President Trump's proposed budget for Fiscal 2018 was roundly criticized Thursday by the nation's environmental and conservation community, which said not only that it would "undermine" and be a "disinvestment" in public lands, but could lead to operational reductions across the National Park System. Interior Secretary Ryan Zinke, however, said it represents a "savings" for taxpayers.
"These cuts are extreme and will result in the degradation of park resources owned by all Americans. These cuts will impact economies of local communities and businesses as parks will be forced to close facilities and shorten visitor seasons," said a statement released by the Coalition to Protect America's National Parks.
The proposal calls for a 12 percent, or $1.5 billion, decrease in the Interior Department's budget. Interior Secretary Zinke, who last week reportedly said he didn't like the budget and would oppose it, issued a statement Thursday applauding it.
"America’s public lands are our national treasures and the President’s budget sends a strong signal that we will protect and responsibly manage these vast areas of our country 'for the benefit and enjoyment of the people'," Secretary Zinke said, adding that it would save taxpayers $1.5 billion.
How the Interior secretary would distribute the 12 percent cut across his many agencies, which include the National Park Service, Bureau of Land Management, U.S. Fish and Wildlife Service, and Bureau of Reclamation, was unknown. A request for additional comment Thursday morning was not immediately answered. National Park Service officials also did not immediately respond to a request for how the budget, if adopted by Congress, would impact their operations.
Traveler stories in recent days and weeks (here, here and here) have pointed out the strains national parks are currently dealing with due to funding and staffing shortages in the face of robust growth in visitation, which reached a record 331 million in 2016, the third consecutive year of increasing visitation, while park staffing has stayed stagnant or dropped.
While the Trump administration's budget document said it would put an emphasis on reducing the Park Service's $12 billion maintenance backlog, it also said it would reduce "funds for other DOI construction and major maintenance programs," a seeming contradiction that was flagged by the Coalition.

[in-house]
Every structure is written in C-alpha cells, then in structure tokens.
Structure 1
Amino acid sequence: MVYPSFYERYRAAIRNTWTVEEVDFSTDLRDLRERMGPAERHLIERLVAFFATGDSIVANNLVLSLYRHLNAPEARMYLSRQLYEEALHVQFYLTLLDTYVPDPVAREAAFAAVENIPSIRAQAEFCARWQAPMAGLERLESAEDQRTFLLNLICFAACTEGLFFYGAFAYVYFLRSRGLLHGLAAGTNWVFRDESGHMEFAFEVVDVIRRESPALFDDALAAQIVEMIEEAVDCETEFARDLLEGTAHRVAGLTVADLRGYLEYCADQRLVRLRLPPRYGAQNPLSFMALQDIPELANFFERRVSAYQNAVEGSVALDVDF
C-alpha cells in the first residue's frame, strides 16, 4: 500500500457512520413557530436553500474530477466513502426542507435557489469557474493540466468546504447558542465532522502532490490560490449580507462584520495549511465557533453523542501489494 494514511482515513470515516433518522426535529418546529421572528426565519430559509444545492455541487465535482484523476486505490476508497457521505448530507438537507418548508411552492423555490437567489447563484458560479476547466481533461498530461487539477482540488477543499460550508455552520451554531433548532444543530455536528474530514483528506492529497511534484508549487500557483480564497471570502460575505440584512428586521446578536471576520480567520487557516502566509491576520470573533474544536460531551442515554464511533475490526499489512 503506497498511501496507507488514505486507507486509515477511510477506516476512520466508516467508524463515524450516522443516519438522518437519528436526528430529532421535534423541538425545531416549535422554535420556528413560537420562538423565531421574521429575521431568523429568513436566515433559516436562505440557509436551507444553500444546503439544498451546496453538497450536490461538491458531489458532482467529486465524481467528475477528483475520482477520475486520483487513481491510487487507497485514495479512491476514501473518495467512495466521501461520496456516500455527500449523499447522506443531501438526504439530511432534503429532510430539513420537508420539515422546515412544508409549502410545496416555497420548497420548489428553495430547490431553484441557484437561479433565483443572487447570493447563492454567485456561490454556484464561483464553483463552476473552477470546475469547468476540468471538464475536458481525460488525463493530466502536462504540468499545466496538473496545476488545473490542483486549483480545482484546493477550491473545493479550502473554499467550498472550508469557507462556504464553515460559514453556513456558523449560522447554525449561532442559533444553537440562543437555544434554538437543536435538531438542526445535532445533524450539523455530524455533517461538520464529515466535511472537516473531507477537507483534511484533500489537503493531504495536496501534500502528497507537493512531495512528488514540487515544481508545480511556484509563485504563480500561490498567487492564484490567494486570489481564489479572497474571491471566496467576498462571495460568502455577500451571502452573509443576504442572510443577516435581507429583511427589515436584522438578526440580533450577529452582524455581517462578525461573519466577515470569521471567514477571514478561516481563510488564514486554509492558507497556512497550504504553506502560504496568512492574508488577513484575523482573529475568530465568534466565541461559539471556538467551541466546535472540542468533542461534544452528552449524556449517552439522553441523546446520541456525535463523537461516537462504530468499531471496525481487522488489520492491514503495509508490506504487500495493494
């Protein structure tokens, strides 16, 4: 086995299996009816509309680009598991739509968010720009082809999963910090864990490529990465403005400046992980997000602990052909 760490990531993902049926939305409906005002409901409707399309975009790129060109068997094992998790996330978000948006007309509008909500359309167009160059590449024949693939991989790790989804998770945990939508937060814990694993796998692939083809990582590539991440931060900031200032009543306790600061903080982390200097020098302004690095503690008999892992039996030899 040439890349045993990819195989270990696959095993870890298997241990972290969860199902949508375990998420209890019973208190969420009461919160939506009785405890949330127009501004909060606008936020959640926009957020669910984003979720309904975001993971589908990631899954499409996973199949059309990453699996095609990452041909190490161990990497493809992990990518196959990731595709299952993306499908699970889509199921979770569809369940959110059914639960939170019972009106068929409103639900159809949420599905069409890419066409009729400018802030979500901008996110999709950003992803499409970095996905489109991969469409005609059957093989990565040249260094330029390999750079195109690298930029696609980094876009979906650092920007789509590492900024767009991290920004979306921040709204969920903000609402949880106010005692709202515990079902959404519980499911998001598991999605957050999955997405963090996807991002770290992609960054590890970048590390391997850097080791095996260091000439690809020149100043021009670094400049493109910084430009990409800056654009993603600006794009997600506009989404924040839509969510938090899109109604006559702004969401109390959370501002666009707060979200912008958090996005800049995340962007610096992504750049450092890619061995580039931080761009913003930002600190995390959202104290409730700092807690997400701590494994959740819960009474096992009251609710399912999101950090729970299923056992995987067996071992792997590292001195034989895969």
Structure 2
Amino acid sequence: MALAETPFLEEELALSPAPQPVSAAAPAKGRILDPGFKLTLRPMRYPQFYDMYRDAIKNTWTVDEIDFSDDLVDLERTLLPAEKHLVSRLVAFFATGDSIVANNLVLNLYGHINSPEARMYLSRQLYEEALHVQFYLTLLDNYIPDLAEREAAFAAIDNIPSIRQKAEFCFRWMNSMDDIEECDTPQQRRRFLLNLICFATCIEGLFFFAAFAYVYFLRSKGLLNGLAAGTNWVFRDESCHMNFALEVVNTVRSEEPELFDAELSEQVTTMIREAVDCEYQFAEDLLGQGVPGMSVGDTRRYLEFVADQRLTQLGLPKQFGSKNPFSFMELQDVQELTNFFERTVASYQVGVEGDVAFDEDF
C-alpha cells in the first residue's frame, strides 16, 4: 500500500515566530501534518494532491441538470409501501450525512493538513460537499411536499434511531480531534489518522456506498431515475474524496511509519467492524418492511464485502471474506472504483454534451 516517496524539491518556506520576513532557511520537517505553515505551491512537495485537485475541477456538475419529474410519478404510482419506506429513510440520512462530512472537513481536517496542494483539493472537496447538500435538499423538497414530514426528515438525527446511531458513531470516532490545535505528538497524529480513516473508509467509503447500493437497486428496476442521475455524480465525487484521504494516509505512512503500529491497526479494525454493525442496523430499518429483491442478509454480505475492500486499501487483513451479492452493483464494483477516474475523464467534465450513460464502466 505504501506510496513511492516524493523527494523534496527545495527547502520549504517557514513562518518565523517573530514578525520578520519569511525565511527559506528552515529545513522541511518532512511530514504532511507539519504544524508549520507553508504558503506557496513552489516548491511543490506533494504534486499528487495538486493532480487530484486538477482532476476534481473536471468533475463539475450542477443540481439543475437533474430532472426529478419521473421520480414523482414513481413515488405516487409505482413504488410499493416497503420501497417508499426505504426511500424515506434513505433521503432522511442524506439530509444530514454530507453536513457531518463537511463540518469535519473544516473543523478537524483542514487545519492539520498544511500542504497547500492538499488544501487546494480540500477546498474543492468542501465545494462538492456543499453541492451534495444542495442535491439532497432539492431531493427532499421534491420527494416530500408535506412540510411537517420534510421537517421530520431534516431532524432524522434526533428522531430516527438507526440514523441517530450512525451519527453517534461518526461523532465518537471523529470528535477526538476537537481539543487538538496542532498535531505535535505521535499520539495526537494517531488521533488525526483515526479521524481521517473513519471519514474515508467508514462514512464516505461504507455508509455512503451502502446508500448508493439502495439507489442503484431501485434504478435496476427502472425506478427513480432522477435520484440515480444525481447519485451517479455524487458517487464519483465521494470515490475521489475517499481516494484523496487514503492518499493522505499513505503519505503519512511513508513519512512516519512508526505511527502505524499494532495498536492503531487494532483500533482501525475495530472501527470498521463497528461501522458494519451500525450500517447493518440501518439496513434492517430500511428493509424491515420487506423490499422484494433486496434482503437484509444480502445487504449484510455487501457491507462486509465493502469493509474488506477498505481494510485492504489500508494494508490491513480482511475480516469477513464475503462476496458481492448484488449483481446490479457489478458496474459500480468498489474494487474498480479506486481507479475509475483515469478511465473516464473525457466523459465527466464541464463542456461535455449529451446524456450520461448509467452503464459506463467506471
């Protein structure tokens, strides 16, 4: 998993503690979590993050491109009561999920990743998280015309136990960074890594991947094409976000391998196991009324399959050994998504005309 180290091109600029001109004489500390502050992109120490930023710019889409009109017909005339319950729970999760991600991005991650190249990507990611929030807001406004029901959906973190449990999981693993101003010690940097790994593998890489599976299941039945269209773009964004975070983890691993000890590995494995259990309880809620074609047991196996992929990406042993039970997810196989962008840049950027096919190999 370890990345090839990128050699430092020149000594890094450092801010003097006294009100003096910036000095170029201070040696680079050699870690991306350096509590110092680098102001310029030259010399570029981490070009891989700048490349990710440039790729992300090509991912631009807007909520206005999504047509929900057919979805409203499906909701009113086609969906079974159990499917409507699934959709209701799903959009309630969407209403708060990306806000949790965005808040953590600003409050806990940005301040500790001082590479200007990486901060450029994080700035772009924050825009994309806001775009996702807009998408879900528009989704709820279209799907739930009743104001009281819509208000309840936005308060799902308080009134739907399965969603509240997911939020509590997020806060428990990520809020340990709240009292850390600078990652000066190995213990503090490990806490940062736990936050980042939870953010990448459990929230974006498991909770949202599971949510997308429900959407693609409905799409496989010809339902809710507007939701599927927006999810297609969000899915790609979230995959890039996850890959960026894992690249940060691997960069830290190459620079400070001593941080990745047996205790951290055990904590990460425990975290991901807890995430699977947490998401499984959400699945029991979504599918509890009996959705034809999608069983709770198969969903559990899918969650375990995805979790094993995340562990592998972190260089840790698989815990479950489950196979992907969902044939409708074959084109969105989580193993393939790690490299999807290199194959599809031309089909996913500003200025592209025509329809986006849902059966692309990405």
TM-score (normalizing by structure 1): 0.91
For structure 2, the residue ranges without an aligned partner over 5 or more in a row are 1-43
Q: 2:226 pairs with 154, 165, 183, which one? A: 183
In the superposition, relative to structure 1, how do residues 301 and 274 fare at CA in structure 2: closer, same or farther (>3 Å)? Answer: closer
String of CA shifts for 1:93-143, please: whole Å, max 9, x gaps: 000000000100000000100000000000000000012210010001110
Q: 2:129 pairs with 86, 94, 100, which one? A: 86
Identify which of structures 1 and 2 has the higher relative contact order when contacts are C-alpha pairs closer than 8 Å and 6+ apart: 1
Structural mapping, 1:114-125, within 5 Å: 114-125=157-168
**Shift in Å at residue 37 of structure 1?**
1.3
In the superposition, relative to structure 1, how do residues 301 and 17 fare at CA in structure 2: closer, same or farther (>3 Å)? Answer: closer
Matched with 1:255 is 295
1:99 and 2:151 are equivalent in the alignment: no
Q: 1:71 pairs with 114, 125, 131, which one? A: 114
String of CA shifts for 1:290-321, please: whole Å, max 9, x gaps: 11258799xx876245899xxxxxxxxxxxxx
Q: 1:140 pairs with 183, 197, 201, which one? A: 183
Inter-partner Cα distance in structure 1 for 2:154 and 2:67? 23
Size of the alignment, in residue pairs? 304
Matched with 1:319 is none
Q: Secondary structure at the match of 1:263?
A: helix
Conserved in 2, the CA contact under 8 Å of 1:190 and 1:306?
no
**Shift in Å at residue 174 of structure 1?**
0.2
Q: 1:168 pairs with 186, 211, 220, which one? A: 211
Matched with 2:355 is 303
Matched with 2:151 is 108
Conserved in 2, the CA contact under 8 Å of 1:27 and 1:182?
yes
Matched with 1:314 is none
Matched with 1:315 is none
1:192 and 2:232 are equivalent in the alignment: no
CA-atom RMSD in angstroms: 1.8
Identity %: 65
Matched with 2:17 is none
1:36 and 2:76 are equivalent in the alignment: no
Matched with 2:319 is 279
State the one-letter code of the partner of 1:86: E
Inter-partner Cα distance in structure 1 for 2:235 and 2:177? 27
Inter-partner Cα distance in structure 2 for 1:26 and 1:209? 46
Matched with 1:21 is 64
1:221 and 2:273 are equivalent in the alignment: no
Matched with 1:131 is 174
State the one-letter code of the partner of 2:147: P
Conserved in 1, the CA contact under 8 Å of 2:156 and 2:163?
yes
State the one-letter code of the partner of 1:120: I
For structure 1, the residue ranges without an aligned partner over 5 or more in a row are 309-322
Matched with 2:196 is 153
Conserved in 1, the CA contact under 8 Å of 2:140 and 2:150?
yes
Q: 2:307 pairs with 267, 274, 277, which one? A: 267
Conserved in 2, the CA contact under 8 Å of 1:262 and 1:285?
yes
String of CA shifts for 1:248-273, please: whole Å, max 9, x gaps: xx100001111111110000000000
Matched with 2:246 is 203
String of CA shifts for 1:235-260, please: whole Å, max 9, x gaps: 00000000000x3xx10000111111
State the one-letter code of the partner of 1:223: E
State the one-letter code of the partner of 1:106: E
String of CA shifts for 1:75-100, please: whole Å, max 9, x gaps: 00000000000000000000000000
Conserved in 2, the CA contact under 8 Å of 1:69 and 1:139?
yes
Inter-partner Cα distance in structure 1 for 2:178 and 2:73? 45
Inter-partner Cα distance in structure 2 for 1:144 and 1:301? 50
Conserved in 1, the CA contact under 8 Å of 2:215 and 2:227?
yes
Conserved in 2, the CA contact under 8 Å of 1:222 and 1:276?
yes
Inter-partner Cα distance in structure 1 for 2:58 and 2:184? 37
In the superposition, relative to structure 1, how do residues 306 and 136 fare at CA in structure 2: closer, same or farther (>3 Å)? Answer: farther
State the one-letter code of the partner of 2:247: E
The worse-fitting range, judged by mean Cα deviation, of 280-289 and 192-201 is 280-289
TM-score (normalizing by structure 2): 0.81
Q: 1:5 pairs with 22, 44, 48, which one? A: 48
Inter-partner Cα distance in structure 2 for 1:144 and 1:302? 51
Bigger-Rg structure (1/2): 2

"While there is a proposed increase in dollars for deferred maintenance, daily maintenance operations essential to the health and welfare of park visitors and resources would be cut and staff reduced. These extreme cuts will be devastating to what some have called 'America’s best idea'," the Coalition statement said.
At the National Parks Conservation Association, John Garder, director of budget and appropriations, called the budget proposal "a non-starter for our national parks, our environment, and our cultural heritage, and should be dead on arrival in Congress."
Mr. Garder pointed to the "deep cuts" it proposed for "the Department of the Interior and key EPA clean water and enforcement programs." Such cuts, he continued, "demonstrate how irresponsible this budget is. The cuts to land acquisition, water restoration and historic preservation programs are nothing short of alarming. Cutting this funding fails to recognize how essential these programs are to protecting national parks, our natural resources and our cultural heritage."
According to NPCA, the president's budget would:
- Cut the land acquisition program that helps protect parks from development within their borders. The Land and Water Conservation Fund is critical to protecting areas within national parks from commercial and residential development and enjoys broad bipartisan support. Cutting this funding fails to recognize the program’s success as one of America’s most effective conservation tools protecting national parks and other public lands important to Americans.
- Eliminate funding for the National Heritage Area program, a $19 million program that supports historic and cultural resource preservation at sites all across the United States through innovative public-private partnerships. They include Niagara Falls National Heritage Area, which helped fund a shuttle system that has increased heritage tourism revenue throughout the Niagara region and at local historical assets like Old Fort Niagara, and Augusta Canal National Heritage Area, which finances preservation of the canal with revenue generated from a restored hydropower power plant.